• Internet Lobbyists Take Aim at Google Search
      Hitokiri writes "Now that Google is popular, website publishers are starting to take notice. It's important to note that no legal action has taken place yet, but still, there seems to be a battle on the horizon." From the article: "'They're building a new site on the backs of our hard work, without paying for any of the content,' Ali Rahnema, managing director of the association, told Reuters in an interview. 'The site crawlers are taking headlines, photos, somet
    • by Otter (3800) on Tuesday January 31, 2006 @06:38PM (#14611403) Journal
      Last I checked, citing a few lines from a newspaper article had a term: 'fair use'.

      It depends on the use. Quoting a few lines of a newspaper article in the middle of your own text is clearly protected. Stitching together multiple headlines, photos and first paragraphs to make a freestanding "newspaper" is not, although I don't think Google News rises to that level. At any rate, I'm sure they can afford plenty of attorneys.

      The issue is whether the excerpted part loses the overall impact of the whole. The closest ruling that comes to mind is that porn thumbnails were ruled to be sufficiently arousing in their own right that copying them is infringement, not fair use.

    • Probably because Google News wasn't news until it came out of beta. Knowing how archaic most newspapers are when it comes to new technology, I bet they had to read about it on Google News.
    • Why wait this long? Google News has been running for YEARS, albeit with the 'beta' moniker.

      Because Google has lots of money now, and they want to get their hands on it. Rule number 1 in laywer school: Don't sue poor people because they can't pay.

  • Huh? (Score:5, Informative)

    by saikatguha266 (688325) on Tuesday January 31, 2006 @06:23PM (#14611251) Homepage
    I thought the courts did decide: http://www.eff.org/deeplinks/archives/004344.php [eff.org]

    "A district court in Nevada has ruled that the Google Cache is a fair use."

    Or does every industry want to file a separate suit asking the court to decide whether caching that industry's content is fair or not?
  • Now if its similar to /. where a few lines from the article is posted in a headline, and a pic I see no reason for a problem should there be a link back to the original story. This generates traffic and possibly new users to your sites. If however said site is trying to plagarize [SIC] a whole story that is very different.
  • by Anonymous Coward on Tuesday January 31, 2006 @06:23PM (#14611262)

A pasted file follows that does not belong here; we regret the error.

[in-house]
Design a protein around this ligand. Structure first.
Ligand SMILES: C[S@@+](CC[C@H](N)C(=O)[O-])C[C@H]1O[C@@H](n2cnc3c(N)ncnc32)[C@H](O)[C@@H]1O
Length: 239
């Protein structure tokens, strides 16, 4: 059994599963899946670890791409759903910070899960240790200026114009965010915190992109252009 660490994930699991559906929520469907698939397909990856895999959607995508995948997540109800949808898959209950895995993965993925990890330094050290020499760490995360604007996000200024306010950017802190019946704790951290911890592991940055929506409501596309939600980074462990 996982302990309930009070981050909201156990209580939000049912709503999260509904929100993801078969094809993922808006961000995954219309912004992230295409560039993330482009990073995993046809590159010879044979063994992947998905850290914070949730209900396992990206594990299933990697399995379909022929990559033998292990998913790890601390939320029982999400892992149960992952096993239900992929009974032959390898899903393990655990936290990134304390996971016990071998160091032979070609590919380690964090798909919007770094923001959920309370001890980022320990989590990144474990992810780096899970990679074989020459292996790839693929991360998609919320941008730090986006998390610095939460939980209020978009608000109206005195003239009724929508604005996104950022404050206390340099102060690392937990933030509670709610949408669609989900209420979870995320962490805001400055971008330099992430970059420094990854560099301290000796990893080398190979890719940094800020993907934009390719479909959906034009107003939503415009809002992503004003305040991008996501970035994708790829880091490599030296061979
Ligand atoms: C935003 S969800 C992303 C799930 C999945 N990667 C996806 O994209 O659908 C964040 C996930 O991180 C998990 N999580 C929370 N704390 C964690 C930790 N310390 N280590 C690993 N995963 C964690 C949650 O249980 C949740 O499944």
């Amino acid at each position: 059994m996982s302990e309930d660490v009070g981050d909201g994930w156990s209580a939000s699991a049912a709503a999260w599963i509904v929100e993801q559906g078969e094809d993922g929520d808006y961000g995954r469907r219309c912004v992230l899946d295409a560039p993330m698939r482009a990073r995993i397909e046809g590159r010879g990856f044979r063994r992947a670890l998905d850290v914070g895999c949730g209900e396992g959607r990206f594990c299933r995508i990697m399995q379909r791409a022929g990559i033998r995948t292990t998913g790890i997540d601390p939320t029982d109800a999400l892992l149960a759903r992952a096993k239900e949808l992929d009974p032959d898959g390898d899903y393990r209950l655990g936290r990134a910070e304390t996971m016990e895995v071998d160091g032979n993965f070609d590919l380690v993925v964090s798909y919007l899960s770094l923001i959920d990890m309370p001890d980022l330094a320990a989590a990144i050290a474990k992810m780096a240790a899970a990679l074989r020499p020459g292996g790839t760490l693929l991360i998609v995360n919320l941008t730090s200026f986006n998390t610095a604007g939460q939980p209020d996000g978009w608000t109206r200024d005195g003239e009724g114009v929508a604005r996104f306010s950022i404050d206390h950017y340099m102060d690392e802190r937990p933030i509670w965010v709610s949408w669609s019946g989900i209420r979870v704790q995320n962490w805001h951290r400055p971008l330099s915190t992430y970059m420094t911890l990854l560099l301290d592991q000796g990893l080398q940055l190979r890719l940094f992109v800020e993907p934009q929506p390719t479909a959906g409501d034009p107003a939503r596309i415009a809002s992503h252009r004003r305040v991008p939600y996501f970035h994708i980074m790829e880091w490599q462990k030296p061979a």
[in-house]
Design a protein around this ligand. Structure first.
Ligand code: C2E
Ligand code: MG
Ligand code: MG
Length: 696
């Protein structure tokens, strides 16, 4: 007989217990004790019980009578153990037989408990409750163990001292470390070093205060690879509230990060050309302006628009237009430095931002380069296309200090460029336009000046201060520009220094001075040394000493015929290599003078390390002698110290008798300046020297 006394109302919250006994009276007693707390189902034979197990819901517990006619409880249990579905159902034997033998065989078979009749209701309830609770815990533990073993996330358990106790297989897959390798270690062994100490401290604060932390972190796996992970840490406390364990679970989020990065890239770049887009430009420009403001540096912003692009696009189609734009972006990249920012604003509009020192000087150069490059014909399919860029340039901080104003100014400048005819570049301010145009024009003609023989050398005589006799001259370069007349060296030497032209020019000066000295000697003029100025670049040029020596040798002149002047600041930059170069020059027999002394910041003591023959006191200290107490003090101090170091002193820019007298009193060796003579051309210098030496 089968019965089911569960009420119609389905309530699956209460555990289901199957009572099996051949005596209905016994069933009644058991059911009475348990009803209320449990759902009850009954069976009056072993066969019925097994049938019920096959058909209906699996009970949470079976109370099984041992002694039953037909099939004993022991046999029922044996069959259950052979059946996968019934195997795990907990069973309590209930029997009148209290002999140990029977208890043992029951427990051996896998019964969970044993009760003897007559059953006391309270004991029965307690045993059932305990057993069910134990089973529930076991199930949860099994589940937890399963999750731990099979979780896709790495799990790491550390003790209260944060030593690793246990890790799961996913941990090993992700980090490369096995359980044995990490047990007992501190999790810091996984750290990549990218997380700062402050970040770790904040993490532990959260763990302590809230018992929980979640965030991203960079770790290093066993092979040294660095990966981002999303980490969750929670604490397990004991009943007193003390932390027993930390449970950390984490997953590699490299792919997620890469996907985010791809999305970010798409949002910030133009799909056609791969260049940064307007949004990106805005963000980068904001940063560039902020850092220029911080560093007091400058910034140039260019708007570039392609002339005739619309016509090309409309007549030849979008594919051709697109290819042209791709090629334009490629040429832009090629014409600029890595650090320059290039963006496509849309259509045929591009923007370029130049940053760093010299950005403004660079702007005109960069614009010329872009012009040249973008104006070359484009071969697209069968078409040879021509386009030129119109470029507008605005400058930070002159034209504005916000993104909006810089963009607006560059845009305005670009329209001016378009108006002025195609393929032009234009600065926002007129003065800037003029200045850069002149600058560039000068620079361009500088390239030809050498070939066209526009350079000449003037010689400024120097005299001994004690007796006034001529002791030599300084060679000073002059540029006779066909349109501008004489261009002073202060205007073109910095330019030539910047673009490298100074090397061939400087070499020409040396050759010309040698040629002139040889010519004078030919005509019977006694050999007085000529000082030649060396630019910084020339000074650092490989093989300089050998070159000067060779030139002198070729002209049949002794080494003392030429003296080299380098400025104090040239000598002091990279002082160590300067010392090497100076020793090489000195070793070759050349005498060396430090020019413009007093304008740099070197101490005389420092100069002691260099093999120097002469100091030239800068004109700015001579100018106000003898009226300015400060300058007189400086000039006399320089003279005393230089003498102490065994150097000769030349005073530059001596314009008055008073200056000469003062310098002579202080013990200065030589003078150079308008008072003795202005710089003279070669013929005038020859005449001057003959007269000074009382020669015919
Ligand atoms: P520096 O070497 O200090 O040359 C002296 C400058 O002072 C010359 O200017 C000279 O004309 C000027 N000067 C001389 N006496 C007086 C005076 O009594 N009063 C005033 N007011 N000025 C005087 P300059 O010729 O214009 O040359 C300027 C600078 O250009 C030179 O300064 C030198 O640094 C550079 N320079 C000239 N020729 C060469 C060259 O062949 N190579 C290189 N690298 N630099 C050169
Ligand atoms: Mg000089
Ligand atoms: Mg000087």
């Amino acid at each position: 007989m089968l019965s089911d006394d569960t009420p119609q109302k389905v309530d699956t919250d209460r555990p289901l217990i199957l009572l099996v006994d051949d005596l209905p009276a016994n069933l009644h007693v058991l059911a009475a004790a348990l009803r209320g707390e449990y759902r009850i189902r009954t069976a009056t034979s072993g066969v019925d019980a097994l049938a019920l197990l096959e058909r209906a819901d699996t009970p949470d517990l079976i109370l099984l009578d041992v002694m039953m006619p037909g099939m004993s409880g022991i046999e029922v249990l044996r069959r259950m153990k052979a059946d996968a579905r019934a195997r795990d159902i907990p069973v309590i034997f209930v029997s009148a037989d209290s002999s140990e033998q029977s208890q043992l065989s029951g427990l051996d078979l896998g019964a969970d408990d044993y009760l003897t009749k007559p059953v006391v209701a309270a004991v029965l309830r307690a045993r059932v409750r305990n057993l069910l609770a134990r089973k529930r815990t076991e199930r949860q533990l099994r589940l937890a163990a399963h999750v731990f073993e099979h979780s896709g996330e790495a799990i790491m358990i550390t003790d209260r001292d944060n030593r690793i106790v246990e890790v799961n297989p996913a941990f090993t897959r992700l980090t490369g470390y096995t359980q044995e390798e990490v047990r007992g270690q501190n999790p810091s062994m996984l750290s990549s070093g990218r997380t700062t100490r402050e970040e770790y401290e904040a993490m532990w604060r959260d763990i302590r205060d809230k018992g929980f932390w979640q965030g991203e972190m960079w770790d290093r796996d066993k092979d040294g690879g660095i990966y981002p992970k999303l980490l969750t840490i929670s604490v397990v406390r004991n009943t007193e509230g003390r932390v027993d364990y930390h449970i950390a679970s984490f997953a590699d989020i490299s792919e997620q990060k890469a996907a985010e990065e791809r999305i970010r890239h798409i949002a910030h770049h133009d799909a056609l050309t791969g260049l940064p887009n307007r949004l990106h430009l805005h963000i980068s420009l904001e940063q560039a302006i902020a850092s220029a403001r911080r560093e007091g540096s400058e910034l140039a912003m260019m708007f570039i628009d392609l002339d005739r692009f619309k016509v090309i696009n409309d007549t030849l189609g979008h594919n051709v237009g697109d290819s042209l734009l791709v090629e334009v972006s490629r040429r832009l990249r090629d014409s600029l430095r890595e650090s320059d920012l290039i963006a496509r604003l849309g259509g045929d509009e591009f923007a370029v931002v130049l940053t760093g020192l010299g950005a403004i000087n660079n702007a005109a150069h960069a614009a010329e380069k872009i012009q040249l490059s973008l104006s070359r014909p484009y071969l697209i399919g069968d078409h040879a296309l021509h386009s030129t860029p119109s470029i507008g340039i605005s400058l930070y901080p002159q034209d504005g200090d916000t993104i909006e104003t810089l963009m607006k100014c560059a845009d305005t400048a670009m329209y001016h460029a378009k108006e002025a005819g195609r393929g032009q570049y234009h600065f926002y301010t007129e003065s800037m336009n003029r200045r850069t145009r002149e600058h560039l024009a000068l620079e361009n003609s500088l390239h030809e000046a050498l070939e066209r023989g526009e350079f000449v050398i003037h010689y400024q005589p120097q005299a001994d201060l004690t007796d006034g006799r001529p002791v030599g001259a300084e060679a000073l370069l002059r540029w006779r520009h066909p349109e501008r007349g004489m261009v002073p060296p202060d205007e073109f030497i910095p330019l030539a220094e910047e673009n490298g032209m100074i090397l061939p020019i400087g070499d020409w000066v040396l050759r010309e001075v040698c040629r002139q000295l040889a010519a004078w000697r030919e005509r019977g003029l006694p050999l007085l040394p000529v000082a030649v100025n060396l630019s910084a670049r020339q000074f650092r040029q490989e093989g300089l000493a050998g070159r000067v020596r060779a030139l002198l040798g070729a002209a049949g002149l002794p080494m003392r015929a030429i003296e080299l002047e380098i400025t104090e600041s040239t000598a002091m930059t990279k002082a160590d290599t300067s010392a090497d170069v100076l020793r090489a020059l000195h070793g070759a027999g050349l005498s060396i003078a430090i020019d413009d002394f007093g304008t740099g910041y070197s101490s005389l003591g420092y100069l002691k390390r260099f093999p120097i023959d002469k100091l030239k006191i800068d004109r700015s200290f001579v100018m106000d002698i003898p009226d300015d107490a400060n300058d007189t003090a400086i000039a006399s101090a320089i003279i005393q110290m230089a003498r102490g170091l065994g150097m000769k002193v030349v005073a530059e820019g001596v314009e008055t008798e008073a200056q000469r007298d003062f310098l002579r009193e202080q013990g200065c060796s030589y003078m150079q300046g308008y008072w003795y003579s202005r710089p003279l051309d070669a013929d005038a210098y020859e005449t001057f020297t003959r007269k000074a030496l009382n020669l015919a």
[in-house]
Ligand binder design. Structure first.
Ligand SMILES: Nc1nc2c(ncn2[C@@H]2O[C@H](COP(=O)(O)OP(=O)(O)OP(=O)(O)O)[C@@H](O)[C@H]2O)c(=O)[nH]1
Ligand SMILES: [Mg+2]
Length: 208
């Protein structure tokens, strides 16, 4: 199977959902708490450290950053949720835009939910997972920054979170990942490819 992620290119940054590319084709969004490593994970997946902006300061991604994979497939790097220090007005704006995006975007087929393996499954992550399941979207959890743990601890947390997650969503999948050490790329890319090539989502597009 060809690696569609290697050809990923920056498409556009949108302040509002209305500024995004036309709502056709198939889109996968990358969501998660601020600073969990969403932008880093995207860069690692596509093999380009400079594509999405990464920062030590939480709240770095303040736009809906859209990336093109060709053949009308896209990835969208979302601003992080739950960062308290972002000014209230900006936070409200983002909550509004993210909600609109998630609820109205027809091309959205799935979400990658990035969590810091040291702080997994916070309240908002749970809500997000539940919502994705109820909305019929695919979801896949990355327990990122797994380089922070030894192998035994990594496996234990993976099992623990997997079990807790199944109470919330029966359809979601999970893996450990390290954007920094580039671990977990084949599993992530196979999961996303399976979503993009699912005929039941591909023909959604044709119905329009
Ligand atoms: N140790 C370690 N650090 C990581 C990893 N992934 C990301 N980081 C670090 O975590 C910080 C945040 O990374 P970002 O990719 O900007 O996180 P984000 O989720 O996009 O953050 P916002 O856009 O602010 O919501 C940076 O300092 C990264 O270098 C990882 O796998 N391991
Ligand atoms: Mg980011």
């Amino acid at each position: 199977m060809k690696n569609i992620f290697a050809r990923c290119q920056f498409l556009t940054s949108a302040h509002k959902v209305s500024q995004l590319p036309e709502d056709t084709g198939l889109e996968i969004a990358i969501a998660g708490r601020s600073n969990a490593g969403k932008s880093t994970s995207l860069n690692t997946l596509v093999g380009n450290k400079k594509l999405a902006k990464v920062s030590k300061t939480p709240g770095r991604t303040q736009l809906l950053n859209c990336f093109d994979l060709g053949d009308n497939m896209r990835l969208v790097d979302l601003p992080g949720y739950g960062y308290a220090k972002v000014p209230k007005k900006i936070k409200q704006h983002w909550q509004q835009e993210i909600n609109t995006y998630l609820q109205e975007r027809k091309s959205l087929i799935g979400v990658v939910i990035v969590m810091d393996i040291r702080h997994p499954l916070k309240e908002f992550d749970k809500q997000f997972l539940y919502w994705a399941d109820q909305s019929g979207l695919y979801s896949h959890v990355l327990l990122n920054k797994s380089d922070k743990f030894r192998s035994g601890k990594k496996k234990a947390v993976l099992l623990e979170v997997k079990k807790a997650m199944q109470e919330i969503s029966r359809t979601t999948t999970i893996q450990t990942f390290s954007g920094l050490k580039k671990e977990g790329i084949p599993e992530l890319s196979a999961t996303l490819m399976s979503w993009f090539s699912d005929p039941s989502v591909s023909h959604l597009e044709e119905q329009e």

BREAKING HEADLINE: Newspapers Still Doing Dumb Shit, Continue To Put Selves Out Of Business
  • by Anonymous Coward on Tuesday January 31, 2006 @06:23PM (#14611263)
    you mean Google is doing what every media outlet has done?
    Built a news medium on the backs of other people lives, without paying for any of the content. When was the last time the news reporter payed you after publishing an article reporting your car accident, or that you were being sued.
    • by Anonymous Coward
      Completely agree. In fact... people should sue the media for reporting on them without paying for the content! Then the media should sue Google News for reporting their articles! Then Google News should sue Slashdot for reporting on them! Wooohoo! Make everything louder than everything else! ;-)
    • Hmm, I don't recall any car accidents I've been in where I've taken pictures, then interviewed policemen, passersby, EMTs, and doctors. Then I didn't aggregate their responses, filter out the unimportant stuff, and write a coherent story of what happened. Since I haven't done any of that, I wouldn't expect to be paid as if I had.

      I don't know if whether Google's usage is "fair use" or not. But it's not fair to say that journalists "built a news medium on the backs of other people lives, without paying for

  • by Anonymous Coward
    Am I missing something or doesn't Google News only link to new sites that have free content anyway?
    • No, didn't you know? They have a bot which goes onto password protected new sites, bute forces the password, scrapes all the new articles and media, copies it to their Google clusters, reformats the information into pages which decree that the stories have been investigated, reported, and brought to you by Google.